Title: City of Women: Sex and Class in New York, 1789-1860
Author: Christine Stansell
Categories: Gender, Class, Urban History, The Market, Domesticity, Republicanism, Labor, Cultural History, Social History, Antebellum
Place: New York City
Time Period: 1789-1860
Christine Stansell describes the lives and culture of urban working-class women in antebellum New York. First she looks at the early republic, during which the shift from a family economy towards urban industrialization changed the conditions and relations of these women. Wage labor was destabilizing for family dynamics, and often resulted in women having to go outside the household economy to help support their families. However, they remained dependent on men and operated within a stressed patriarchal economy that could barely support them. In this context, women faced dual hurdles of dependence that made them unfit for republicanism: dependence of being a woman and dependence of being poor.
Then, between 1820-1850, Stansell turns more towards the tension between middle-class women reformers (on the rise during this period) and the realities of working women. Middle-class women stressed the cult of domesticity and the home that was totally at odds with the needs and realities of laboring women, who had to turn away from the home towards the streets to survive: sharing resources and child-rearing responsibilities with other women, turning to prostitution or domestic service, etc. However, this also gave rise to new opportunities for empowerment and autonomy. The transition from outwork (piece-meal sewing) to factory wage labor created for the first time a rising segment of young, single, semi-autonomous women with new possibilities. Although fraught with sexual danger and still steeped in dependency, wage labor allowed some women the chance for public leisure, embodied for Stansell in the rise of the Bowery Girl, who openly participated in the working class leisure culture of the Bowery (in a way that was denied to them by republicanism or middle-class views of domesticity).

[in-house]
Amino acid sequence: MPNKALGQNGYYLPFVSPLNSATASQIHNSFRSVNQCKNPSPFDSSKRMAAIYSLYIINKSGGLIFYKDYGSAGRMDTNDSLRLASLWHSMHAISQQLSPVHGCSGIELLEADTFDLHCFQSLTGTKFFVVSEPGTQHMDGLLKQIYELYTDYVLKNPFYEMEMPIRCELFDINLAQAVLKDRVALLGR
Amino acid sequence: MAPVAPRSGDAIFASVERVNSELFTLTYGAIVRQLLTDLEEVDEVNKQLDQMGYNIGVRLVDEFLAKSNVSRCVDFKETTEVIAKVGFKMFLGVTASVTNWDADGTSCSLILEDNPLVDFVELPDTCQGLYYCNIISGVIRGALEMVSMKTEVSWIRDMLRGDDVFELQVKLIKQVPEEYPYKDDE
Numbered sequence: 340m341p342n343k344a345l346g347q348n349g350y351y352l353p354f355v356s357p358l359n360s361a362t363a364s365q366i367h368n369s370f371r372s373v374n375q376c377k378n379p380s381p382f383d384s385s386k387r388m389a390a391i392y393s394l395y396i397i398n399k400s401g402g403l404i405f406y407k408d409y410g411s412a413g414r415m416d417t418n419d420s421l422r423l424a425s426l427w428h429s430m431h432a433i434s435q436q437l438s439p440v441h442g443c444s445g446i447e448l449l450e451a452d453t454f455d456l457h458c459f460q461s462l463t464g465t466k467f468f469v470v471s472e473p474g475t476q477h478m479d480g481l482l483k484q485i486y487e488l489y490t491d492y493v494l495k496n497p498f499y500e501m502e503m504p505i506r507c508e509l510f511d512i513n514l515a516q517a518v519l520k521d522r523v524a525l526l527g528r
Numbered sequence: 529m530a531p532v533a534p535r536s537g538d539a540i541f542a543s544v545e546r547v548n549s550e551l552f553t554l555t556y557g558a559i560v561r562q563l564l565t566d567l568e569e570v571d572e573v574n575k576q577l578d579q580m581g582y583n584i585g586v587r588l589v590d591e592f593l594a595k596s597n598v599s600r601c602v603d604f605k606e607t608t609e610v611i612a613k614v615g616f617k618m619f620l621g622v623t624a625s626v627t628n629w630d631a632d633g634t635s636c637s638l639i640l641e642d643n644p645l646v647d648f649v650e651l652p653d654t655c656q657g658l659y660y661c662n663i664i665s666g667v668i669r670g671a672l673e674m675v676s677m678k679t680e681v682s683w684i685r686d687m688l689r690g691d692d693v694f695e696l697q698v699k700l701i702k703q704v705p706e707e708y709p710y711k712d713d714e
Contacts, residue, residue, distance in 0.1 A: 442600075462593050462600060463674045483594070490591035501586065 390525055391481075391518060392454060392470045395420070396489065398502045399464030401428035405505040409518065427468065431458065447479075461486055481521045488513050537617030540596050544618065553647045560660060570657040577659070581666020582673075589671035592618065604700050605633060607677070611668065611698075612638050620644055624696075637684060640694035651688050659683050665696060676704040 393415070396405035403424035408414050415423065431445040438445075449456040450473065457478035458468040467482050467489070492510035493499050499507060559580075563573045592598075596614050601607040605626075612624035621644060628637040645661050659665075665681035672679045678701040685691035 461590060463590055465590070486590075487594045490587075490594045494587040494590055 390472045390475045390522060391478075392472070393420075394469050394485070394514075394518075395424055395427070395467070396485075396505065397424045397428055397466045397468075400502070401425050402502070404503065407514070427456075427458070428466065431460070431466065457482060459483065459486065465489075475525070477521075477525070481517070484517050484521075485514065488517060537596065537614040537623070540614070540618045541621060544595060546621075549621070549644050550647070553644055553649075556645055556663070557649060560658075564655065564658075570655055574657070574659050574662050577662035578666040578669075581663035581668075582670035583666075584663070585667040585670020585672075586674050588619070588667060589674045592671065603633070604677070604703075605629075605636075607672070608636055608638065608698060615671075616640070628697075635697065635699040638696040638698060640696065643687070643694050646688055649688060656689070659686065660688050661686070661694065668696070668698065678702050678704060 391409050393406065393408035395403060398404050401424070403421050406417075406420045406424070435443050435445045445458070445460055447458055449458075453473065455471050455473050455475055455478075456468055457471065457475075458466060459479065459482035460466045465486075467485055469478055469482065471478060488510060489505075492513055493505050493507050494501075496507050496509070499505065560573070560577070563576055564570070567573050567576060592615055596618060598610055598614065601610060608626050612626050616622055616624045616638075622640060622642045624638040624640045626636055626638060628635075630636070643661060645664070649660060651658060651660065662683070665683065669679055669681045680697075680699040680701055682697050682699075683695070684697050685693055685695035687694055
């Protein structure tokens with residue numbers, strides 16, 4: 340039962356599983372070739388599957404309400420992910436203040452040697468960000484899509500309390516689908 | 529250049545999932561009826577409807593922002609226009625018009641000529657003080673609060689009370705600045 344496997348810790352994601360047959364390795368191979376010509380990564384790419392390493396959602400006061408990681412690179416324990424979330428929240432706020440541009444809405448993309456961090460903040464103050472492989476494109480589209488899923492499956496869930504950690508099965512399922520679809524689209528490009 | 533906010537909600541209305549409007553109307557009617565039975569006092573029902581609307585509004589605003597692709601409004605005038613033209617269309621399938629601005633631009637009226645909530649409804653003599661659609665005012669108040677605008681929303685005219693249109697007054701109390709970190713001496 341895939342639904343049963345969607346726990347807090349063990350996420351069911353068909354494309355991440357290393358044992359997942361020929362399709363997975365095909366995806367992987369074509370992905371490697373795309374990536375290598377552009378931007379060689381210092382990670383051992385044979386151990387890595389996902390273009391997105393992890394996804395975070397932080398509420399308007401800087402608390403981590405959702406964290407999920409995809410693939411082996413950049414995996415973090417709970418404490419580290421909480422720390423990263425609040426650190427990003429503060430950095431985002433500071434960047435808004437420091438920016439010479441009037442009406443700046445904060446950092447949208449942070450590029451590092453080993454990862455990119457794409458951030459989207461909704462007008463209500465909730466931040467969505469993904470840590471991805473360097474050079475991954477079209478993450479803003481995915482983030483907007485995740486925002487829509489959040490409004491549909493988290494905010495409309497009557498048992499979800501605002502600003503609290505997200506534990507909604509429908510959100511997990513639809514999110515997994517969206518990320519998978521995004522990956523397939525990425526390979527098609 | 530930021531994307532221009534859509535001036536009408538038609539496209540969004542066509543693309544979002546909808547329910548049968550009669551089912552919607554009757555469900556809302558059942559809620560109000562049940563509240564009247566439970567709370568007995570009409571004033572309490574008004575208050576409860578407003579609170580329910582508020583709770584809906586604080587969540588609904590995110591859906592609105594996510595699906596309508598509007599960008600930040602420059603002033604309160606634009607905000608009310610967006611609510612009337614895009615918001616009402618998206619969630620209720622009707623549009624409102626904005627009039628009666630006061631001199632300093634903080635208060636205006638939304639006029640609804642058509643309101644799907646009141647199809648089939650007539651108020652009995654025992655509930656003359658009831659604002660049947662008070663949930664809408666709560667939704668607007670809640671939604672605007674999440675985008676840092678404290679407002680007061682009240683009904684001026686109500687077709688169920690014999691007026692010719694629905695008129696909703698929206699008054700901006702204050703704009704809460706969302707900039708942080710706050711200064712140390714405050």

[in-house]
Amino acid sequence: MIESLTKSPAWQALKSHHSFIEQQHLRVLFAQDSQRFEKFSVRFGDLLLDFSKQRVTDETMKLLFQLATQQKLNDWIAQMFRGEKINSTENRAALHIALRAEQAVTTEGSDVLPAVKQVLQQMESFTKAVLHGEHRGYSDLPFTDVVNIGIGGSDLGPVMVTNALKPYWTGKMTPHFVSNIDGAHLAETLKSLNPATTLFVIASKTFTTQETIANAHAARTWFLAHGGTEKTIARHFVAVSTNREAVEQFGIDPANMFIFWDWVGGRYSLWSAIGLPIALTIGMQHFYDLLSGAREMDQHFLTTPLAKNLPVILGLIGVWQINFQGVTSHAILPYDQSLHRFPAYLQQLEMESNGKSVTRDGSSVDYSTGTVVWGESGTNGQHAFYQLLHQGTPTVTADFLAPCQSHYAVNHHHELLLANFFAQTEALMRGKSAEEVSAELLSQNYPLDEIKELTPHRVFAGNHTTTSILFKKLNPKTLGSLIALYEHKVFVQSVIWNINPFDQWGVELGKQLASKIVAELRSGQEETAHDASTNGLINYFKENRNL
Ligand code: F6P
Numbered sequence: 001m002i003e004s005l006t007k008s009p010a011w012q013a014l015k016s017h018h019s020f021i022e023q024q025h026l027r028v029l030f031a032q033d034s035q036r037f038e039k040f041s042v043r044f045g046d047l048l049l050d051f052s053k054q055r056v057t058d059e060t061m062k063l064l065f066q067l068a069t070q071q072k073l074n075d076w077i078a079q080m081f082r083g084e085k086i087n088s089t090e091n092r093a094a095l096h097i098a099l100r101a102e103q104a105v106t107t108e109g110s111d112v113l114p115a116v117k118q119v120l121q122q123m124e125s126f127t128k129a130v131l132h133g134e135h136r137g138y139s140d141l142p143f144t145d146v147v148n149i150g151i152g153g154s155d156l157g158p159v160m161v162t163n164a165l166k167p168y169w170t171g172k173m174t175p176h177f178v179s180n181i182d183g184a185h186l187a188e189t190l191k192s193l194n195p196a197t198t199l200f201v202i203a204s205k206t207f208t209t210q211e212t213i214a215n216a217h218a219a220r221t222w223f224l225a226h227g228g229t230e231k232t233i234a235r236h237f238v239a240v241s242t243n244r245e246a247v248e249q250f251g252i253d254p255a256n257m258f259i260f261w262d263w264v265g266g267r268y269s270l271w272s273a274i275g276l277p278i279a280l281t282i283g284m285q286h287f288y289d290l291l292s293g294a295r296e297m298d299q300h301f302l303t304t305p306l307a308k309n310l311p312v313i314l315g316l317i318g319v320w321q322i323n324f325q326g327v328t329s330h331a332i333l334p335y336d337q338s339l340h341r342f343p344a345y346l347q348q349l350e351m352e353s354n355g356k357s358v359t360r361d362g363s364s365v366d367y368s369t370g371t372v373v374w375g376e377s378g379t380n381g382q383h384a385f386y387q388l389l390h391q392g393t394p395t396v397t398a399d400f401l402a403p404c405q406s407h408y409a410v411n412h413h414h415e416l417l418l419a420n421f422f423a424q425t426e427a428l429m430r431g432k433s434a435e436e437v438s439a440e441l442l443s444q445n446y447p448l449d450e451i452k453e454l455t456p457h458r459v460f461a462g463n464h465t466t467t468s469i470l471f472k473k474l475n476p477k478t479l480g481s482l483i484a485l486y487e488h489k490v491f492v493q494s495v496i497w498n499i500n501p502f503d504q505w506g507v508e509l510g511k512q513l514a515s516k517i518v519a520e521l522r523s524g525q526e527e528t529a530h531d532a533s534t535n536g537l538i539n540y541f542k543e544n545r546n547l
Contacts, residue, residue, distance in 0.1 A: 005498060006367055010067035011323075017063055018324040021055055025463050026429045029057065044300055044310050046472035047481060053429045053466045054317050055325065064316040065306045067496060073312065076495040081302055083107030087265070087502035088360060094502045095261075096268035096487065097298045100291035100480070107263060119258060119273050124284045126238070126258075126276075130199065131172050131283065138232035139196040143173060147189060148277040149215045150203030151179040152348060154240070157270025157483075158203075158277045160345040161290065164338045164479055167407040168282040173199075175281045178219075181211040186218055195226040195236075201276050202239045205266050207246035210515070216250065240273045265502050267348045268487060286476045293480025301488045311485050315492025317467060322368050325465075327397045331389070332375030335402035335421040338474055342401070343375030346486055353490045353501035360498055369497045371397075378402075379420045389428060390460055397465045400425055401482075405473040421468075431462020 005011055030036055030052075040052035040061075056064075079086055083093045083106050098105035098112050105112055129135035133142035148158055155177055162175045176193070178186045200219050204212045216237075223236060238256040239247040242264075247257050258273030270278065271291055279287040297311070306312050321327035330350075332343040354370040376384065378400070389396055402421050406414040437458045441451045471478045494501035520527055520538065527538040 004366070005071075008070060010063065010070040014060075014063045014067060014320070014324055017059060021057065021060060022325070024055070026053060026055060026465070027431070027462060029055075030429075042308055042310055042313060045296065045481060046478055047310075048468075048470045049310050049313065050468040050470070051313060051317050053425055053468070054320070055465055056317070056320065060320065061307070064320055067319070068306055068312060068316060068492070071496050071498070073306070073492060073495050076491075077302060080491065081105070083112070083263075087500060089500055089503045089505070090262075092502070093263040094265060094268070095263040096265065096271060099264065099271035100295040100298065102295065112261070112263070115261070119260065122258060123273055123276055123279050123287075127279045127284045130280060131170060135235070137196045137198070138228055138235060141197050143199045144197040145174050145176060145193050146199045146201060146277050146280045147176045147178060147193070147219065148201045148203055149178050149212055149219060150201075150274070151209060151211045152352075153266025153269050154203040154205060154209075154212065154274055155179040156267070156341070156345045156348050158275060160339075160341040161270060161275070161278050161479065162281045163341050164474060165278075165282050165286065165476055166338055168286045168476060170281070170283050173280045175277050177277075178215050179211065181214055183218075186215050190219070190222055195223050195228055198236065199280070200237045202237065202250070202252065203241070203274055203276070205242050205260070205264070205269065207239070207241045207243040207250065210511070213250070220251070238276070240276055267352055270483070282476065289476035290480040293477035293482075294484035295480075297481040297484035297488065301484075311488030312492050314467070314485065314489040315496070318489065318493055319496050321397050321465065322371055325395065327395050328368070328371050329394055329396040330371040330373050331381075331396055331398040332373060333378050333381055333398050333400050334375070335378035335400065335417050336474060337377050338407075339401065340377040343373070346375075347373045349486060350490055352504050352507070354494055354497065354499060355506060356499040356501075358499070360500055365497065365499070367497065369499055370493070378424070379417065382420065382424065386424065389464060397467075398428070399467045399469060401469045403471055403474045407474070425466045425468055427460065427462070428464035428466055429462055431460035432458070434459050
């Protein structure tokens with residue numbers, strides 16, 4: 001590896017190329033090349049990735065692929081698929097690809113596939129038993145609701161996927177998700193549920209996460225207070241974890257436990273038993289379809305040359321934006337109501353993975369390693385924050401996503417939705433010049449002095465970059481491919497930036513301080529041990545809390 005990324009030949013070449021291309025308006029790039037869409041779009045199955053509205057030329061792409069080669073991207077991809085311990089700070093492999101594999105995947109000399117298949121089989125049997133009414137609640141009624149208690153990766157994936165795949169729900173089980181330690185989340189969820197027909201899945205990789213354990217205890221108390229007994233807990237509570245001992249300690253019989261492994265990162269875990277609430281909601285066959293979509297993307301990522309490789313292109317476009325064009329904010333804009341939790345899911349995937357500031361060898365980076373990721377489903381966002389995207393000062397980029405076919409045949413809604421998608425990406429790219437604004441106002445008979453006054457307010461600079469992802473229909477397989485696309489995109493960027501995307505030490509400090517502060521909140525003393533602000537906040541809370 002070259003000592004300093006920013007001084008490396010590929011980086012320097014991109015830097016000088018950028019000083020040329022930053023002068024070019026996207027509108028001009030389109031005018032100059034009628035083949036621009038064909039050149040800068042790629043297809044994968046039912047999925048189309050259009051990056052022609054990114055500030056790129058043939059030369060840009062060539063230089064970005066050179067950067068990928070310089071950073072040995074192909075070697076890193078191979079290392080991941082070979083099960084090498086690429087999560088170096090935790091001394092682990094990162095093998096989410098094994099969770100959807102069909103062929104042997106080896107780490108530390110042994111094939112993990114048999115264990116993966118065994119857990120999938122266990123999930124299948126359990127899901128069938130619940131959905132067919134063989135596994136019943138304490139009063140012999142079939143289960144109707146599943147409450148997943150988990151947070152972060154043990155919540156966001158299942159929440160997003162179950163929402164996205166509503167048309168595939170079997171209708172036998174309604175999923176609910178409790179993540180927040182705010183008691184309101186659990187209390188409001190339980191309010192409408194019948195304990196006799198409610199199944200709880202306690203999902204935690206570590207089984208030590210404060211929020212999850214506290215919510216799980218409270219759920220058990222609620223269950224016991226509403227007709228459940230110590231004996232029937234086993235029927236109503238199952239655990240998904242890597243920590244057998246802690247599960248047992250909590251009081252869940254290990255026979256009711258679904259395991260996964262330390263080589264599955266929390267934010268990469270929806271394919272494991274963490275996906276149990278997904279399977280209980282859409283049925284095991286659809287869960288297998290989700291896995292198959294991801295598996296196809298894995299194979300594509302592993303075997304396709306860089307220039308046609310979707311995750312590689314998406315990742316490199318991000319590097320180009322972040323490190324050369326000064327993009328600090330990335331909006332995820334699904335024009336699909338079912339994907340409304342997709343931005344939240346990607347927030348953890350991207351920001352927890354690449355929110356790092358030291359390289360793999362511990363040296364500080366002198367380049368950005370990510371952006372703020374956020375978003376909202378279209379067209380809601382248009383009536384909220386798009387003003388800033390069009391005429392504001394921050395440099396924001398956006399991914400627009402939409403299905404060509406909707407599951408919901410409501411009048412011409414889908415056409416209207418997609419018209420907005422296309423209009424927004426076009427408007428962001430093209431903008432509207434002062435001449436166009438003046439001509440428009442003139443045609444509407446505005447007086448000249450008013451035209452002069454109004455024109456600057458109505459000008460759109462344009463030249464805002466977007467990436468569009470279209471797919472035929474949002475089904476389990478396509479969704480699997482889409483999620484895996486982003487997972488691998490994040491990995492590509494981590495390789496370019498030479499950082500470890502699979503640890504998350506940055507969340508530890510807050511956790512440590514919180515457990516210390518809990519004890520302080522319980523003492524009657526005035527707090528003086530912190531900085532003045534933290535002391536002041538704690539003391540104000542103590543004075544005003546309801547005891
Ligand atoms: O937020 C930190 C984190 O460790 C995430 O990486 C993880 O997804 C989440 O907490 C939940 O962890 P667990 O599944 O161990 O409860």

However, factory work also posed a challenge for women's integration into the labor movement. Stansell argues there was a moment of possibilty during the 1830s for female participation in the labor movement, but by 1850 this window had closed. Instead, men used women as a stepping-stone, arguing that wage-earning men needed better conditions and wages in order to support their women so that they wouldn't have to work and could stay at home. Finally, in the decade leading up to the Civil War, the second generation of middle-class reformers (often more men than before) increasingly viewed poverty and aid through the lens of a scientific analysis of environment, giving rise to the undifferentiated faceless mass of the "tenement class" and concluding that the "street" was the problem. If poor mothers would just keep a strong domestic home and keep their children off the streets, it would solve poverty problems.
Key Themes and Concepts
- Laboring women seen as unqualified for republican virtue due to twin dependencies: as women (on men) and poor (on wages/charity)
- Bowery Girl and Factory Girl as two symbols of female independence that city life offered (even if both were heavily circumscribed)
- Middle class reformer women focusing less on universal sisterhood and more on class-based divisions centered on domesticity
- Labor movement betrays working class women by arguing that men need better wages in order to be independent providers for their women and keep them at home and out of the workforce
U.S. History Qualifying Exams: Book Summaries
by Cameron Blevins
is licensed under a Creative Commons Attribution-NonCommercial-ShareAlike 3.0 Unported License